On May 13, 1940 – in Britain’s darkest hour – Winston Churchill first addressed the House of Commons as prime minister. This Today in London History podcast takes up the tale.
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Halfway down Whitehall there’s an equestrian statue of General Alexander Haig, the great British World War I military leader.
All the way down Whitehall – at Parliament Square – there’s a statue of Winston Churchill. Churchill’s standing there, looking across at Big Ben and the House of Commons. Standing there Almost glowering. Bulldog determined. He’s wearing the same navy greatcoat, buttoned-up against all weathers, literal and figurative, that he wore when he first set foot on the newly liberated D-Day beaches in Normandy.
Winston Churchill once said about General Haig, “He had often been wrong in the past. He was right in the end.”
Historian Paul Addison said about Winston Churchill, “at some point between May 1940 and the London blitz of September, the career of Winston Churchill merged into the history of the British people.”
Come May of 1940 what Churchill said about Haig was now applicable to Churchill himself. “He had often been wrong in the past. He was right in the end.”
On May 10th, 1940 Winston Churchill had been summoned to Buckingham Palace by King George VI. In the film the Darkest Hour the King says, “It is my duty to invite you to take up the position of prime minister of this United Kingdom.”
That’s the cinematic version.
Winston Churchill’s version was, “the king asked me if I knew why I’d been sent for. I said, ‘Sir, I simply couldn’t imagine why.’ He said, ‘I want to ask you to form a government.’ I said I would certainly do so.”
That moment annealed into Churchill’s deeply moving summation, “I felt that I was walking with destiny, and all my life had been but preparation for that hour.”
Just ahead, on Winston Churchill’s walk with destiny, was a military disaster.
All Winston Churchill had – all his people had – to get through many, many darkest hours and darkest days was what historian Geoffrey Wheatcroft calls Churchill’s capacity for willing the ends but not the means.
For taking the word for the deed.
Churchill once said, “I have always believed what I wanted to believe.”
What he now wanted to believe – and did believe – and was able to get his people to believe – was that England could survive against all the odds – survive against Hitler’s omnipotent Reich.
Speaking of those days when the cupboard was empty – those days when Britain was cornered, had its back to the wall – The great American journalist, Edward R Murrow said, “Winston Churchill mobilised the English language and sent it into battle.”
Like General Haig, Winston Churchill had been wrong before. But he was right in the end.
In the past Churchill had uttered foolish words of praise, of admiration, for Adolph Hitler. But cometh the hour, he understood like no one else did – understood intuitively that his, Hitler’s, National Socialist regime was “a monstrous tyranny, never surpassed in the dark lamentable catalogue of human crime.” And that its triumph would mean “a new dark age made more sinister, and perhaps more protracted, by the lights of a perverted science.”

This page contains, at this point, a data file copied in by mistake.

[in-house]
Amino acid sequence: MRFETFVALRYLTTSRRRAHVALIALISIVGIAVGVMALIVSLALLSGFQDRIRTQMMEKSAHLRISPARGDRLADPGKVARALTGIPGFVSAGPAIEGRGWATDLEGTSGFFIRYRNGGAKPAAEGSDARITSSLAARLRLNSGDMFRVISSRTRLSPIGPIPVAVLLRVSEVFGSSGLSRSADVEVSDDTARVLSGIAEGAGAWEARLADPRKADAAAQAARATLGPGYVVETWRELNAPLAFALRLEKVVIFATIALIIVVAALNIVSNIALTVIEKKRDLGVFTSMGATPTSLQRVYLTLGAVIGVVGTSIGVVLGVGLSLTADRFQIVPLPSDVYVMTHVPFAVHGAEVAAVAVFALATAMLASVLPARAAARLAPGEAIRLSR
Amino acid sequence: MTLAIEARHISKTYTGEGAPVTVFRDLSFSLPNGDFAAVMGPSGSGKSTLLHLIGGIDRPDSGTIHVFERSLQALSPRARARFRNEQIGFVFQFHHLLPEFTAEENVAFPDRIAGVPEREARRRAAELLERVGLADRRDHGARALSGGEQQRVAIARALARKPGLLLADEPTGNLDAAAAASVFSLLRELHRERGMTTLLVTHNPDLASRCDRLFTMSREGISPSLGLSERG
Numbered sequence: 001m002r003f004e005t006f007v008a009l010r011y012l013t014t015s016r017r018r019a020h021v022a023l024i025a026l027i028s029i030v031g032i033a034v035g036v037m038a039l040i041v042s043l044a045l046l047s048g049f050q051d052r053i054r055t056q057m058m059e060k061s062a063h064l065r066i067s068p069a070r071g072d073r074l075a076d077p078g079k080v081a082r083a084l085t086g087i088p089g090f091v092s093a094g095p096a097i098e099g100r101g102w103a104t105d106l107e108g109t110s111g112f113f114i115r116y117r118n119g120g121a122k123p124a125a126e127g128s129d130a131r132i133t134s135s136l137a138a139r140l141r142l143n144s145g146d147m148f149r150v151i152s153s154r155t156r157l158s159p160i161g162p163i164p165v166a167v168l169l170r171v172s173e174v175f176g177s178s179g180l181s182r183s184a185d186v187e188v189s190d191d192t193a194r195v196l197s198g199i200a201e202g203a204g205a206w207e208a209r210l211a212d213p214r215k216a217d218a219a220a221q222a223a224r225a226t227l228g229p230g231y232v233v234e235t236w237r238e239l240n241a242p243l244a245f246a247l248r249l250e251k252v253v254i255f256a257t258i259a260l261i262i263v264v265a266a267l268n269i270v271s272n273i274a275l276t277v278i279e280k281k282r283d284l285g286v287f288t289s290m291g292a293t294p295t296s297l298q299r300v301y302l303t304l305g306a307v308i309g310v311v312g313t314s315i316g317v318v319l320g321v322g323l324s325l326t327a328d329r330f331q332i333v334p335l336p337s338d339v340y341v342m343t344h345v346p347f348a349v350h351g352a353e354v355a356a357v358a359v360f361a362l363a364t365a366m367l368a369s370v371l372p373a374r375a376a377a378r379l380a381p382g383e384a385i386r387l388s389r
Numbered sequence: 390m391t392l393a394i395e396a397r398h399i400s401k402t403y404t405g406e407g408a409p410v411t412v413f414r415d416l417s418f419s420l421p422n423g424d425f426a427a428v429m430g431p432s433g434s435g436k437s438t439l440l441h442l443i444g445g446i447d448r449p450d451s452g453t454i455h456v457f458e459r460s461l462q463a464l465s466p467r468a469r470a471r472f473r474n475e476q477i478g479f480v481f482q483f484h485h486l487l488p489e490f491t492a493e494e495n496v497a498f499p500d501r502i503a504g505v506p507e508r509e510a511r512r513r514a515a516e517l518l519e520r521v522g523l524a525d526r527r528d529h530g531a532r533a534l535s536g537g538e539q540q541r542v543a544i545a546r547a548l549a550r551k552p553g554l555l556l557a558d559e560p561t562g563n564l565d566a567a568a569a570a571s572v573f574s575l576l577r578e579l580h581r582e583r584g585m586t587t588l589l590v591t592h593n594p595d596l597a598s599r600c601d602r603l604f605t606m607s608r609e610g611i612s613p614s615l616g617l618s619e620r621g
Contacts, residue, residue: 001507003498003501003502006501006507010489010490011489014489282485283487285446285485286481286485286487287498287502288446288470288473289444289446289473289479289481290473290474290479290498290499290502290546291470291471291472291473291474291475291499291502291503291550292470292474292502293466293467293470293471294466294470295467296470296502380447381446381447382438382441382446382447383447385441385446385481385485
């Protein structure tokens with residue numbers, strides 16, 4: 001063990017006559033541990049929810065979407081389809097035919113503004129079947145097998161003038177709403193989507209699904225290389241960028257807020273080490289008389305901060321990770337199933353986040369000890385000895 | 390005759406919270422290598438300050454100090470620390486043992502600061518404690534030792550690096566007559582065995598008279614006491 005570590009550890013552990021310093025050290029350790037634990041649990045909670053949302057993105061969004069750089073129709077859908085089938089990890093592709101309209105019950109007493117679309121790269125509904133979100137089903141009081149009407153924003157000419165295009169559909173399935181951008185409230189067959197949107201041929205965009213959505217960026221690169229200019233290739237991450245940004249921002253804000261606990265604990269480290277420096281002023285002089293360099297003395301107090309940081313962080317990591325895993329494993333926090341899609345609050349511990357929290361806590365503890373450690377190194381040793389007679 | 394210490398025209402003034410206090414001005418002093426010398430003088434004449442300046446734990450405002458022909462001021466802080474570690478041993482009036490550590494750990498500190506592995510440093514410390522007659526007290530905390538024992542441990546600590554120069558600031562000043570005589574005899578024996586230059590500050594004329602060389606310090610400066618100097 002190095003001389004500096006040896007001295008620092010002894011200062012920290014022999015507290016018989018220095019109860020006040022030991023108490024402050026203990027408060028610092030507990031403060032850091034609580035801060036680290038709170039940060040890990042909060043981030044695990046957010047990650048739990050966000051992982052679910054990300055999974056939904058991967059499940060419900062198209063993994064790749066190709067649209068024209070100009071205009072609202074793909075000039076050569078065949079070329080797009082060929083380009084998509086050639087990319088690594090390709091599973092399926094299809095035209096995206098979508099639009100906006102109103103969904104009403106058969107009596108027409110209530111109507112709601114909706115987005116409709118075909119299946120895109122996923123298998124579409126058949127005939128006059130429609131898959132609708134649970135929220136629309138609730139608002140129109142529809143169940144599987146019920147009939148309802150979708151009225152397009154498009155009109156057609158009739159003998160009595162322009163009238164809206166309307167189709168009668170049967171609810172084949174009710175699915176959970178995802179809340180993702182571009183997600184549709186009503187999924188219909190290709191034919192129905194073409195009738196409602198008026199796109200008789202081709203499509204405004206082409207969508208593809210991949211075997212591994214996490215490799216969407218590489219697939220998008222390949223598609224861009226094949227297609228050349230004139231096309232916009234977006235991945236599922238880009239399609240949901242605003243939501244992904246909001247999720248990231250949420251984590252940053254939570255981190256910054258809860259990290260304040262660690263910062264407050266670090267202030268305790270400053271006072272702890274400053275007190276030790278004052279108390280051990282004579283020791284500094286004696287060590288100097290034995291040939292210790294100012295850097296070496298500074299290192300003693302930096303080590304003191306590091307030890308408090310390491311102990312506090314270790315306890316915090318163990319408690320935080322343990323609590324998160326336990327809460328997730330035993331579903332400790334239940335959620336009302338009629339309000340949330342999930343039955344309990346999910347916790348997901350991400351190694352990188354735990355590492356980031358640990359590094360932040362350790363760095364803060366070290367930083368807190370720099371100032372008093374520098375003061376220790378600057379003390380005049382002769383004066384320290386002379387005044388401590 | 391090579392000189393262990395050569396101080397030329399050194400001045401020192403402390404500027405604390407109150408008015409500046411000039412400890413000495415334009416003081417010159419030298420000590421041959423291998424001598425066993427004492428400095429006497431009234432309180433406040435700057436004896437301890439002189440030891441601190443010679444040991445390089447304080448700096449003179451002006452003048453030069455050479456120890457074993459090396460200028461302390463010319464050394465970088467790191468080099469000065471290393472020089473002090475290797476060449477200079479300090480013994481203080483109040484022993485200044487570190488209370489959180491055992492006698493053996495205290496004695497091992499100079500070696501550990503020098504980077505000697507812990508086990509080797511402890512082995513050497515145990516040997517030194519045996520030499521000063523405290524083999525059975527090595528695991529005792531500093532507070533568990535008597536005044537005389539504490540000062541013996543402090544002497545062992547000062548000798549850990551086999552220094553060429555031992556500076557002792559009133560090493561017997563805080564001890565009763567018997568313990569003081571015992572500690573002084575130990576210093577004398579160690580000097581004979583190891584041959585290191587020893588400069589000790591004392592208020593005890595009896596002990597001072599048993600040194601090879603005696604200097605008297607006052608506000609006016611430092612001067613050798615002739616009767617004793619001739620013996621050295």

He understood that Hitler had to be defeated. That Britain had no choice but to be victorious. That Britain must somehow do the impossible – be victorious, stop Hitler and utterly defeat him.
Understood That Britain must take the word for the deed and that somehow – by some alchemy of courage and determination – by willing the end – victory – at a time when there was no means at all of achieving it – he and his people would somehow get there, would achieve it. That blood, toil, tears and sweat – all he could offer the British people – would win through in the end. He was right.
And that brings us to this day, May 13th, 1940. Winston Churchill’s first speech – as Prime Minister – to the House of Commons. Here’s a taster… [excerpt from the speech read out here].
That was May 13th, 1940. That was Today in London History. For Today in London – the London Walks recommendation – has to be either the Old Westminster Walk or the Westminster at War Walk.
Finally, Winston Churchill’s first speech as Prime Minister coming on the 13th, I think we better do some numerology. Given the you-know-what that clings to the number 13.
You’ll be pleased to hear – and it’s so fitting, this – there’s a rival tradition that 13 is an extremely lucky number. The tale goes that Pope Gregory – who reigned 1500 years ago – was in the habit of giving breakfast to 12 of Rome’s poor each morning. One morning, Jesus appeared in the guise of a beggar, making the number at the breakfast table up to 13, and given that development, well, what was 13 but the luckiest number of all.
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And on that agreeable note…come then, let us go forward together on some great London Walks. Good luck and good Londoning. See ya tomorrow.